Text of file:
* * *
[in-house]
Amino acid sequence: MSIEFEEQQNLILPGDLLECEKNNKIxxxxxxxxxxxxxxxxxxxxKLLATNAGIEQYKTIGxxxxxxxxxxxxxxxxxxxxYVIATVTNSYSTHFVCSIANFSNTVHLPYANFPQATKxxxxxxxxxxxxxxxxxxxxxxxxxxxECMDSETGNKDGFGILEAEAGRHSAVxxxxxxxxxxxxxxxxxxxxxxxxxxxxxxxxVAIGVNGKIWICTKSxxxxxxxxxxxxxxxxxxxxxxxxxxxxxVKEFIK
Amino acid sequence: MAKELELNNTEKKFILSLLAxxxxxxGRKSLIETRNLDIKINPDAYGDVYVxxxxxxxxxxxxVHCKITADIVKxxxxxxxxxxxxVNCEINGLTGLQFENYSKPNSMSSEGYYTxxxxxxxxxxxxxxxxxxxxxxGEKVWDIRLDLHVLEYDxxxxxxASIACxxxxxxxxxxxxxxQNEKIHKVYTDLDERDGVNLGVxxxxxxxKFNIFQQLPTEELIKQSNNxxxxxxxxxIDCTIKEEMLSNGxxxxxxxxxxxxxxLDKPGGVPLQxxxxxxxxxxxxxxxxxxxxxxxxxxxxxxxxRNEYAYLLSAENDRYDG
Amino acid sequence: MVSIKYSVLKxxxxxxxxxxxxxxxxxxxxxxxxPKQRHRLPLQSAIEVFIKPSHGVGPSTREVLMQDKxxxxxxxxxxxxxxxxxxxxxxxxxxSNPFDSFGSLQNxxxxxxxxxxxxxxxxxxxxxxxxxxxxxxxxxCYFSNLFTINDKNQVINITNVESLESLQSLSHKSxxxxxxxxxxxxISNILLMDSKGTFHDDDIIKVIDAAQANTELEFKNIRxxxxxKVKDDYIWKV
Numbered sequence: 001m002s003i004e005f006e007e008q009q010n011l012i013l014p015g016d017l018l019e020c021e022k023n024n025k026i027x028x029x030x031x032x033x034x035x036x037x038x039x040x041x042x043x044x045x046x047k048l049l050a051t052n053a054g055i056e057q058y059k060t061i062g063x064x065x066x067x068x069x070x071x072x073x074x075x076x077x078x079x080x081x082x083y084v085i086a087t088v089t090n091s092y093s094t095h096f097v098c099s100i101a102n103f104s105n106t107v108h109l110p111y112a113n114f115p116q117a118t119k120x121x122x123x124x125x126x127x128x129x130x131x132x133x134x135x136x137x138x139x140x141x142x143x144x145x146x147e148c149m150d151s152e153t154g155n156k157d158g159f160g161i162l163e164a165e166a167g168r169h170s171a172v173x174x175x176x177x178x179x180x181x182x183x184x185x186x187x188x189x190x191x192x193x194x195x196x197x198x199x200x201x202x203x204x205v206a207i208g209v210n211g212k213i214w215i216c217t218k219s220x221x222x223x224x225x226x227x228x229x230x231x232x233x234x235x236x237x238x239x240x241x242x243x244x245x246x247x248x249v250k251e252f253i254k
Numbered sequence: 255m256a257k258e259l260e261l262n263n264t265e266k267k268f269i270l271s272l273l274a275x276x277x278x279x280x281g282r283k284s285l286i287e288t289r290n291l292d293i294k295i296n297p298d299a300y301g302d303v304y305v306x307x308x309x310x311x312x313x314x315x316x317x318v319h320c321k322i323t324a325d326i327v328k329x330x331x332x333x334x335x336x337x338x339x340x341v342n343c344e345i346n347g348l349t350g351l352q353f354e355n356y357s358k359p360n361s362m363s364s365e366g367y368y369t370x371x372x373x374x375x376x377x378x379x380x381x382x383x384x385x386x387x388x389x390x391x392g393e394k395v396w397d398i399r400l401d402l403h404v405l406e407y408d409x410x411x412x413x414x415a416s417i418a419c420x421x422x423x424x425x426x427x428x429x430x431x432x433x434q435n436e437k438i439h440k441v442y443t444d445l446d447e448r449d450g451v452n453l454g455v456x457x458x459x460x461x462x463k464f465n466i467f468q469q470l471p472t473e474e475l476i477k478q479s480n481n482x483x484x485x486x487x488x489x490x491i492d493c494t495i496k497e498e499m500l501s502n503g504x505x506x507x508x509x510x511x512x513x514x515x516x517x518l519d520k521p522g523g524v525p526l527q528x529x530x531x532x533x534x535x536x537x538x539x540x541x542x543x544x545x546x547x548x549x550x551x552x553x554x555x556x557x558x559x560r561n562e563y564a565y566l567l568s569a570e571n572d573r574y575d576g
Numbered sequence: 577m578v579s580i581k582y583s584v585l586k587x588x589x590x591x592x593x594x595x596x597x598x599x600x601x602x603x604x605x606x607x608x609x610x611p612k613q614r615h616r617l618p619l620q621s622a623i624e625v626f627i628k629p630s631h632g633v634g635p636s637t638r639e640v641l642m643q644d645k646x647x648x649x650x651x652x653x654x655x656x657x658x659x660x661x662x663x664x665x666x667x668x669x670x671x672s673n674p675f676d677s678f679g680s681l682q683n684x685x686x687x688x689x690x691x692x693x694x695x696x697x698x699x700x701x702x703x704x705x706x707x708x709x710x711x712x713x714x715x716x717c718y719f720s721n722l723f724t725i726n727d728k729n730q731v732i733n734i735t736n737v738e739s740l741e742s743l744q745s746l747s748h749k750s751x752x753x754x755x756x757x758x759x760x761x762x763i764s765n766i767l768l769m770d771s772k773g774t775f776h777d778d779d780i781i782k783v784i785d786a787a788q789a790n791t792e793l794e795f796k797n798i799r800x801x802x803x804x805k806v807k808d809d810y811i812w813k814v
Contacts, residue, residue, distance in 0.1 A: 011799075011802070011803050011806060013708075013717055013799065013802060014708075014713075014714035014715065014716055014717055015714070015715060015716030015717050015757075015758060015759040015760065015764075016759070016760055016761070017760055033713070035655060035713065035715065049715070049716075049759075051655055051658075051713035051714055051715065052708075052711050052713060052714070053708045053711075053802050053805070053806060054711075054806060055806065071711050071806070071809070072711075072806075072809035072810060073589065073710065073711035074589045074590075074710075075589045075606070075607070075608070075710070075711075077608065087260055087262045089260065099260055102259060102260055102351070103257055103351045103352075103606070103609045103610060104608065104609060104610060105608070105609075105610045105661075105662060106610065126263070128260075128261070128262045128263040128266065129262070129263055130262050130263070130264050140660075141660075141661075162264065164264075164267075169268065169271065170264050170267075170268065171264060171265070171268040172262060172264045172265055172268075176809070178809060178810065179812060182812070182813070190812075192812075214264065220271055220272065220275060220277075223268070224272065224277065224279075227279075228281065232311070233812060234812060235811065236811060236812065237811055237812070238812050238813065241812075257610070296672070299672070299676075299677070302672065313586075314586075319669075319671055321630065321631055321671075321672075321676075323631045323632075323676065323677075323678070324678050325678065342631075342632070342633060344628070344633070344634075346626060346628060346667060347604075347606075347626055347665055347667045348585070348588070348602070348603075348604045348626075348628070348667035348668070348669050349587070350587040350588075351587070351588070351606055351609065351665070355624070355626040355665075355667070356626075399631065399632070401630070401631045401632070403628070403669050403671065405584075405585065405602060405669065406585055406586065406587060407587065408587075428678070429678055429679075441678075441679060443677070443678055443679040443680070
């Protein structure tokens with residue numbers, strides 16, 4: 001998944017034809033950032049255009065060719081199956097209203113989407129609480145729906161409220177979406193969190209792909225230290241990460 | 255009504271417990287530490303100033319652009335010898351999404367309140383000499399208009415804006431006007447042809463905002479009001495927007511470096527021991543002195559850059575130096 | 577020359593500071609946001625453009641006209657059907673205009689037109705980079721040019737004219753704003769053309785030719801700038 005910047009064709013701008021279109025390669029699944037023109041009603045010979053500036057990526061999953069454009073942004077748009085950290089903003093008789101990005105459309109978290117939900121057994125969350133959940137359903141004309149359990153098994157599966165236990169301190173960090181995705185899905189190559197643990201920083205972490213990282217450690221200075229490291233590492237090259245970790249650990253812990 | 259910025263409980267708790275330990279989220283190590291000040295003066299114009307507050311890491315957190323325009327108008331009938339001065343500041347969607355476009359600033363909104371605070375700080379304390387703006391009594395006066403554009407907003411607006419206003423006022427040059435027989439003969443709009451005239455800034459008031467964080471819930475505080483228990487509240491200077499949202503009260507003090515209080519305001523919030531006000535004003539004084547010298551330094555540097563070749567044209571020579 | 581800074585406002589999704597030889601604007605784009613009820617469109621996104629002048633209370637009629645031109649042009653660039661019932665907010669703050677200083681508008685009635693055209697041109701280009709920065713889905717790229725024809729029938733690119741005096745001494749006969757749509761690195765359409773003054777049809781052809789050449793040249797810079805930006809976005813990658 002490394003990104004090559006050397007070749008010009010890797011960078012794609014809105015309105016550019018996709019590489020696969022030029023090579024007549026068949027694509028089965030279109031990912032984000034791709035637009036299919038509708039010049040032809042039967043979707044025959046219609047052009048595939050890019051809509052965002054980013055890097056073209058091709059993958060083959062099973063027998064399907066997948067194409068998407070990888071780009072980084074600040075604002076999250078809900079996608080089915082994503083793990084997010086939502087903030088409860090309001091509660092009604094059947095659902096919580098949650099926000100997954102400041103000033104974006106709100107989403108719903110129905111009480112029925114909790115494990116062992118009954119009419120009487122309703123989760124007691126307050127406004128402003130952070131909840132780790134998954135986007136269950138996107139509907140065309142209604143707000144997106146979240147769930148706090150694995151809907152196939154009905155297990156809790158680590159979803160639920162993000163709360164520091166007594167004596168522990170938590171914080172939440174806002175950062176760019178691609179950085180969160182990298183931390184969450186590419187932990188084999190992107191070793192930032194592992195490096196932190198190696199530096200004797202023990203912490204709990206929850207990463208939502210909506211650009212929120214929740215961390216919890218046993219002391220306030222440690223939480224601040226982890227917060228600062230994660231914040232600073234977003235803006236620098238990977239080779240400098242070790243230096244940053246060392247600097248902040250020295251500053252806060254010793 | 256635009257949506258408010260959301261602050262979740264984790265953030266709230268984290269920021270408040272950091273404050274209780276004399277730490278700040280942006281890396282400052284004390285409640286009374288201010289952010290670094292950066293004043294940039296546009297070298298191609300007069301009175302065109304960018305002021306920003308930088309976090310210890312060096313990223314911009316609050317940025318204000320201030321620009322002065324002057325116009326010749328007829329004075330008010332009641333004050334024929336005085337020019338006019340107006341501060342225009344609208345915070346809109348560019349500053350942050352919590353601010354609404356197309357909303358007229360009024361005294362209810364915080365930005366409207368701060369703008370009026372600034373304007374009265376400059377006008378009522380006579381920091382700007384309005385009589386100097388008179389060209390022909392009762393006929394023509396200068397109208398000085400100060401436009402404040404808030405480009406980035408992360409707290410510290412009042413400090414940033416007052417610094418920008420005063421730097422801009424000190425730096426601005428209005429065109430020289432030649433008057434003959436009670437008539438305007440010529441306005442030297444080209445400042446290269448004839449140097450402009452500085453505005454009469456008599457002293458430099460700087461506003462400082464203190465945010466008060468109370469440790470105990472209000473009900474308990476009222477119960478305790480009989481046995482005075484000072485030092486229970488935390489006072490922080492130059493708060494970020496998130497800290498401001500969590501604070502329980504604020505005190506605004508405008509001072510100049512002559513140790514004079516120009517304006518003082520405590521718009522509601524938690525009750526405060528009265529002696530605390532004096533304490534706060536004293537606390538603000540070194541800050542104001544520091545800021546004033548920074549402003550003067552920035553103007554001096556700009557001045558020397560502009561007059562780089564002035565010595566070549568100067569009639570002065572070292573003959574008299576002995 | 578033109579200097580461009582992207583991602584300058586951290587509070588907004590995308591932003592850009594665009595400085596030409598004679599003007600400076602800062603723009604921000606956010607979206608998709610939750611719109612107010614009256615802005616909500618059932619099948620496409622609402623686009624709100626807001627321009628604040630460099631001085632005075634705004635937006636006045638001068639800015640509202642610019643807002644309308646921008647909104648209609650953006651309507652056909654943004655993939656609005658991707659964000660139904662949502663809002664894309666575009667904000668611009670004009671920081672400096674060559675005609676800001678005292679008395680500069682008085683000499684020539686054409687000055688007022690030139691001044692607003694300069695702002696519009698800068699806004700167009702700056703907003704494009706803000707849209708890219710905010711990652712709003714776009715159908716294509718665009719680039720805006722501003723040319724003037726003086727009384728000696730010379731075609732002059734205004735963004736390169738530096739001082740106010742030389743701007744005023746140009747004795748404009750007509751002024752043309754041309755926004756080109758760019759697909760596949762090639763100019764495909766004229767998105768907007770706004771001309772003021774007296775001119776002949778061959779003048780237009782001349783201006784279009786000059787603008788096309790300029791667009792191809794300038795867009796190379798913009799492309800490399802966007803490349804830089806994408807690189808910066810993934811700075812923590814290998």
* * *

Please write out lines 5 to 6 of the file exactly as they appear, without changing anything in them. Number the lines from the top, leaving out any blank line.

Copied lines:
Numbered sequence: 001m002s003i004e005f006e007e008q009q010n011l012i013l014p015g016d017l018l019e020c021e022k023n024n025k026i027x028x029x030x031x032x033x034x035x036x037x038x039x040x041x042x043x044x045x046x047k048l049l050a051t052n053a054g055i056e057q058y059k060t061i062g063x064x065x066x067x068x069x070x071x072x073x074x075x076x077x078x079x080x081x082x083y084v085i086a087t088v089t090n091s092y093s094t095h096f097v098c099s100i101a102n103f104s105n106t107v108h109l110p111y112a113n114f115p116q117a118t119k120x121x122x123x124x125x126x127x128x129x130x131x132x133x134x135x136x137x138x139x140x141x142x143x144x145x146x147e148c149m150d151s152e153t154g155n156k157d158g159f160g161i162l163e164a165e166a167g168r169h170s171a172v173x174x175x176x177x178x179x180x181x182x183x184x185x186x187x188x189x190x191x192x193x194x195x196x197x198x199x200x201x202x203x204x205v206a207i208g209v210n211g212k213i214w215i216c217t218k219s220x221x222x223x224x225x226x227x228x229x230x231x232x233x234x235x236x237x238x239x240x241x242x243x244x245x246x247x248x249v250k251e252f253i254k
Numbered sequence: 255m256a257k258e259l260e261l262n263n264t265e266k267k268f269i270l271s272l273l274a275x276x277x278x279x280x281g282r283k284s285l286i287e288t289r290n291l292d293i294k295i296n297p298d299a300y301g302d303v304y305v306x307x308x309x310x311x312x313x314x315x316x317x318v319h320c321k322i323t324a325d326i327v328k329x330x331x332x333x334x335x336x337x338x339x340x341v342n343c344e345i346n347g348l349t350g351l352q353f354e355n356y357s358k359p360n361s362m363s364s365e366g367y368y369t370x371x372x373x374x375x376x377x378x379x380x381x382x383x384x385x386x387x388x389x390x391x392g393e394k395v396w397d398i399r400l401d402l403h404v405l406e407y408d409x410x411x412x413x414x415a416s417i418a419c420x421x422x423x424x425x426x427x428x429x430x431x432x433x434q435n436e437k438i439h440k441v442y443t444d445l446d447e448r449d450g451v452n453l454g455v456x457x458x459x460x461x462x463k464f465n466i467f468q469q470l471p472t473e474e475l476i477k478q479s480n481n482x483x484x485x486x487x488x489x490x491i492d493c494t495i496k497e498e499m500l501s502n503g504x505x506x507x508x509x510x511x512x513x514x515x516x517x518l519d520k521p522g523g524v525p526l527q528x529x530x531x532x533x534x535x536x537x538x539x540x541x542x543x544x545x546x547x548x549x550x551x552x553x554x555x556x557x558x559x560r561n562e563y564a565y566l567l568s569a570e571n572d573r574y575d576g